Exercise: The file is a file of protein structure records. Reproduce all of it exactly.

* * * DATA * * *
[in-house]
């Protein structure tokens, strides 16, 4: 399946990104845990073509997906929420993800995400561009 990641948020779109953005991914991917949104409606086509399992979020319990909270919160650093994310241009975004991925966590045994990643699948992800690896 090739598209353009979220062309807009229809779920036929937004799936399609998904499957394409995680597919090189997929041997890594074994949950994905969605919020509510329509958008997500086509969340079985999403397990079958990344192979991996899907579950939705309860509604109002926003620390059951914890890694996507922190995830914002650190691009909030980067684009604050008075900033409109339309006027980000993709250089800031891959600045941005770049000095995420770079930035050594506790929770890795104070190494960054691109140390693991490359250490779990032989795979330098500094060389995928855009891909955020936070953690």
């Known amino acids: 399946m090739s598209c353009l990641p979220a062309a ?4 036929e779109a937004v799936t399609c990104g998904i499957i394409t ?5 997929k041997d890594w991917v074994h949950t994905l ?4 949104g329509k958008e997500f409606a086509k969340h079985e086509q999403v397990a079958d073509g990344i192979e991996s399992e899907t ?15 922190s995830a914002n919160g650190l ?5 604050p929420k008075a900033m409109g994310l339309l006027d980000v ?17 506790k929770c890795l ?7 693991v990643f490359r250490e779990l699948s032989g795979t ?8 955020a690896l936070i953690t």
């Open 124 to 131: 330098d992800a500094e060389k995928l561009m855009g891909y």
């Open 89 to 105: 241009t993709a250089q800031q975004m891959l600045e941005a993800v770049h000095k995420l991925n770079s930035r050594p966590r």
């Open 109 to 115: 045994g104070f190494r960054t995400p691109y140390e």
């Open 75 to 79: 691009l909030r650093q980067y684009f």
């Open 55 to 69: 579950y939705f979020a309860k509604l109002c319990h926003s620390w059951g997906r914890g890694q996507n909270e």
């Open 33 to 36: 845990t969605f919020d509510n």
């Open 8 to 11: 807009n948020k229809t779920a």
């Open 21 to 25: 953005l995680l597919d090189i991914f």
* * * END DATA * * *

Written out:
[in-house]
């Protein structure tokens, strides 16, 4: 399946990104845990073509997906929420993800995400561009 990641948020779109953005991914991917949104409606086509399992979020319990909270919160650093994310241009975004991925966590045994990643699948992800690896 090739598209353009979220062309807009229809779920036929937004799936399609998904499957394409995680597919090189997929041997890594074994949950994905969605919020509510329509958008997500086509969340079985999403397990079958990344192979991996899907579950939705309860509604109002926003620390059951914890890694996507922190995830914002650190691009909030980067684009604050008075900033409109339309006027980000993709250089800031891959600045941005770049000095995420770079930035050594506790929770890795104070190494960054691109140390693991490359250490779990032989795979330098500094060389995928855009891909955020936070953690």
């Known amino acids: 399946m090739s598209c353009l990641p979220a062309a ?4 036929e779109a937004v799936t399609c990104g998904i499957i394409t ?5 997929k041997d890594w991917v074994h949950t994905l ?4 949104g329509k958008e997500f409606a086509k969340h079985e086509q999403v397990a079958d073509g990344i192979e991996s399992e899907t ?15 922190s995830a914002n919160g650190l ?5 604050p929420k008075a900033m409109g994310l339309l006027d980000v ?17 506790k929770c890795l ?7 693991v990643f490359r250490e779990l699948s032989g795979t ?8 955020a690896l936070i953690t």
């Open 124 to 131: 330098d992800a500094e060389k995928l561009m855009g891909y």
């Open 89 to 105: 241009t993709a250089q800031q975004m891959l600045e941005a993800v770049h000095k995420l991925n770079s930035r050594p966590r």
């Open 109 to 115: 045994g104070f190494r960054t995400p691109y140390e």
């Open 75 to 79: 691009l909030r650093q980067y684009f």
């Open 55 to 69: 579950y939705f979020a309860k509604l109002c319990h926003s620390w059951g997906r914890g890694q996507n909270e």
């Open 33 to 36: 845990t969605f919020d509510n």
């Open 8 to 11: 807009n948020k229809t779920a």
């Open 21 to 25: 953005l995680l597919d090189i991914f």